Engineering News

Center for Physical Genomics and Engineering Launches

At symposium celebrating launch, researchers shared vision for burgeoning field

Vadim Backman, Center for Physical Genomics and Engineering director, kicked off the symposium. Credit: Rob HartVadim Backman, Center for Physical Genomics and Engineering director, kicked off the symposium. Credit: Rob Hart
Linda Petzold from UC Santa Barbara presented on stochasticity in biological systems. Credit Rob HartLinda Petzold from UC Santa Barbara presented on stochasticity in biological systems. Credit Rob Hart
Vivek Shenoy from the University of Pennsylvania was a featured speaker during the symposium. Credit: Rob Hart Vivek Shenoy from the University of Pennsylvania was a featured speaker during the symposium. Credit: Rob Hart
The May 31 symposium included a poster session on  physical genomics and engineering research. Credit: Rob HartThe May 31 symposium included a poster session on physical genomics and engineering research. Credit: Rob Hart

The Center for Physical Genomics and Engineering officially launched May 31, with a symposium that brought together top faculty, students, researchers, and industry members in the field.

Vadim BackmanThe Center, led by Northwestern Engineering’s Vadim Backman, uses breakthrough optical imaging and computational genomics to reprogram the genome's chromatin, which regulates gene expression, in order to treat disease and engineer living systems to overcome environmental challenges.

At the symposium on Northwestern’s Chicago campus, Backman, the Walter Dill Scott Professor of Biomedical Engineering at the McCormick School of Engineering, and other researchers shared their latest insights, and offered their thoughts on where the field should focus going forward.

Potential impact on therapeutics

Owen Wallace, chief scientific officer of Fulcrum Therapeutics, which develops therapeutics for diseases that arise from the faulty regulation of a single gene, said his company’s approach is centered on understanding the root causes of disease — specifically, what gene is misregulated, and what biochemical targets they could modulate with a small molecule to treat the disease.

The company has been developing a therapeutic for facioscapulohumeral muscular dystrophy, a progressively muscular degenerative disease that begins in the face and works its way down the body. Most patients are diagnosed in their teens and end up in a wheelchair by their fifties.

The root cause of the disease is the misexpression of a gene called DUX4. Wallace’s company set out to model the disease, find potential targets, look for molecules that could regulate the expression of DUX4, then see if there were any unintended consequences of potential therapies. The company found a potential inhibitor that could work as a therapeutic and is working to fully understand its effects.

“We think that the modulation of gene expression has the potential to treat rare genetic diseases at their root cause,” he said. “We think that pathways that regulate gene expression that are accessible to therapeutics likely have an impact on chromatin architecture. Physical genomics are going to play an increasingly important role in therapeutic discovery.”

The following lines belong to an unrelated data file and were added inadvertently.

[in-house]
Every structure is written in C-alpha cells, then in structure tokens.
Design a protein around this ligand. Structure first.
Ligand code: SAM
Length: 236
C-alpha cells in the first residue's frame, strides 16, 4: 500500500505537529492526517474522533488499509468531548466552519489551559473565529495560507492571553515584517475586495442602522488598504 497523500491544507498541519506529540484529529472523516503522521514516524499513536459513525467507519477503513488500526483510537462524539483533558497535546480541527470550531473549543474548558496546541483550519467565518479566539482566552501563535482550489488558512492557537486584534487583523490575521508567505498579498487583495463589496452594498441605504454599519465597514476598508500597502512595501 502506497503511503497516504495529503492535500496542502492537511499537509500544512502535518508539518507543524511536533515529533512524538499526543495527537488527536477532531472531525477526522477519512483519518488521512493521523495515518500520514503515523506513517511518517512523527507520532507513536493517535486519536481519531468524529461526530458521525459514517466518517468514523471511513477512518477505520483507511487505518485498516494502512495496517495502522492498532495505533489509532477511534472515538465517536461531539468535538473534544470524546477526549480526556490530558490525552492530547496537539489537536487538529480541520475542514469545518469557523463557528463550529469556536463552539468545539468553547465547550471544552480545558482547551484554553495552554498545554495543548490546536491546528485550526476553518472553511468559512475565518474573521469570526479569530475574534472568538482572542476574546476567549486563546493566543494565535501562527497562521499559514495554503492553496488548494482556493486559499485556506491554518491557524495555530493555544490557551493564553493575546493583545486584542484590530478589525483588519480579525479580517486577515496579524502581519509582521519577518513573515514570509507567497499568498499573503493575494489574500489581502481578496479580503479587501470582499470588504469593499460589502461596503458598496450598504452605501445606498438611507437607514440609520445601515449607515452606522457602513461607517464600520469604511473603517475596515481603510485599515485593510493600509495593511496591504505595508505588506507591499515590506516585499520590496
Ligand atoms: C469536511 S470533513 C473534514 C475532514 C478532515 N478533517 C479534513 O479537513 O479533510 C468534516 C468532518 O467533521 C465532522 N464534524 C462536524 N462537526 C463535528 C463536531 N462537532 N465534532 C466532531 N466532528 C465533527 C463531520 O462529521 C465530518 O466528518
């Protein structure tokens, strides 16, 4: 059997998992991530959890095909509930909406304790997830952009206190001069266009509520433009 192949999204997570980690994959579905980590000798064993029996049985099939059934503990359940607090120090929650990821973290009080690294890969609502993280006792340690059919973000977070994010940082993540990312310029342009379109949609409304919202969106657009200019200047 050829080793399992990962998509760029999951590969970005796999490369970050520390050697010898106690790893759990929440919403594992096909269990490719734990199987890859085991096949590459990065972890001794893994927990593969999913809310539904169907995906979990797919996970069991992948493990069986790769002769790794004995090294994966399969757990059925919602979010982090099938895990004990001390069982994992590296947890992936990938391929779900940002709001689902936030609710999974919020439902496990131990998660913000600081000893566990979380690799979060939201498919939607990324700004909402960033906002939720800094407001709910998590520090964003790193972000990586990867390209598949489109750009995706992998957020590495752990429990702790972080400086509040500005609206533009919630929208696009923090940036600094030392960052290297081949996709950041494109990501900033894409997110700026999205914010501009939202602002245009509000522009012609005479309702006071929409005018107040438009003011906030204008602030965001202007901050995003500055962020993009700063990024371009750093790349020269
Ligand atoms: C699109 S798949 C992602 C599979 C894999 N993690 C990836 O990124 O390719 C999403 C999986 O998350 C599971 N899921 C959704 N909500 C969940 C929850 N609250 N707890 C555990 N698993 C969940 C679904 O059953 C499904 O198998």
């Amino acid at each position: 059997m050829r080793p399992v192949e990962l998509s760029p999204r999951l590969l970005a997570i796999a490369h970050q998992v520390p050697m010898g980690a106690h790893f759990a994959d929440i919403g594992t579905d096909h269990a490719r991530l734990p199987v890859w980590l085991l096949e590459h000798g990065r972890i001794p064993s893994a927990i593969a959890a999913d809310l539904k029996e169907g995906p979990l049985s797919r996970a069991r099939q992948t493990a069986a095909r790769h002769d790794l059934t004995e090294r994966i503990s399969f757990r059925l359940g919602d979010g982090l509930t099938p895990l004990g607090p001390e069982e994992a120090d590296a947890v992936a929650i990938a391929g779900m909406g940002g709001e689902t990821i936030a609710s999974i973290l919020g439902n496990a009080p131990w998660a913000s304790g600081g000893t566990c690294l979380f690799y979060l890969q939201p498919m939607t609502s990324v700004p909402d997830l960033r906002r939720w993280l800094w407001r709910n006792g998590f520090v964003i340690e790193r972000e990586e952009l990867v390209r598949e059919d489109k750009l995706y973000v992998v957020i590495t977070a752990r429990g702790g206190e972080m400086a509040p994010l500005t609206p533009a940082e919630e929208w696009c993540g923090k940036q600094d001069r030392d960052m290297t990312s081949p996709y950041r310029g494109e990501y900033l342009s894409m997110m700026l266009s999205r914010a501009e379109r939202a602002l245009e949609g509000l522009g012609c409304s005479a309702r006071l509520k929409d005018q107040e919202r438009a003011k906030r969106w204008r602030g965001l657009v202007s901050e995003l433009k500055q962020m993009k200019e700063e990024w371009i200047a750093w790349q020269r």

How structure and function are related

Vivek Shenoy, professor of materials science and engineering at the University of Pennsylvania, studies the impact of mechanical forces on biological signaling and cell function. Forces outside the cell have the ability to shape the nucleus, which in turn has an effect on gene expression.

“As many as 400 genes can be expressed differently, depending on the cell shape,” he said. And the forces include ones that govern our everyday lives. “When you sit or lay down, there is a level of stress on the tissue that impacts cell response.” That is why physicians and researchers often stress the importance of moving around. “Every hour you have to stand up,” he said.

Shenoy is creating models of how the nucleus changes shapes based on different external forces — a difficult task, since the cell itself is a complex network of parts and forces. When asked what he thought the major knowledge gap was in the field of physical genomics, Shenoy said he wondered about the complexity of the field. While physics is based on a standard set of rules, does such a set exist for physical genomics? “Will we need machine learning, or can it be couched in a few simple statements?” he said.

A multidisciplinary approach to physical genomics

The symposium included eight scientific presentations and a poster session. Other speakers included:

  • Josée Dostie, professor, biochemistry, McGill University
  • Felice Elefant, professor, biology, Drexel University
  • Tom Misteli, director, Center for Cancer Research, National Cancer Institute
  • Linda Petzold, professor, computer science and mechanical engineering, UC Santa Barbara
  • GV Shivashankar, deputy director, Mechanobiology Institute, National University of Singapore
  • Wei Wang, professor, chemistry and biochemistry; cellular and molecular medicine, UC San Diego

After the launch, the Center will continue to develop physics-based approaches to addressing diseases in which global genomic reprogramming plays a role, including Alzheimer’s disease, atherosclerosis, and developmental diseases. The technique has the ability to go beyond medicine and could also be used to improve crop yields and mitigate the impact of climate change on plants.

In addition to leading the field in physical genomics research, the Center will also train next-generation leaders engaged in research that bridges molecular biology, bioengineering, physics, and chemistry.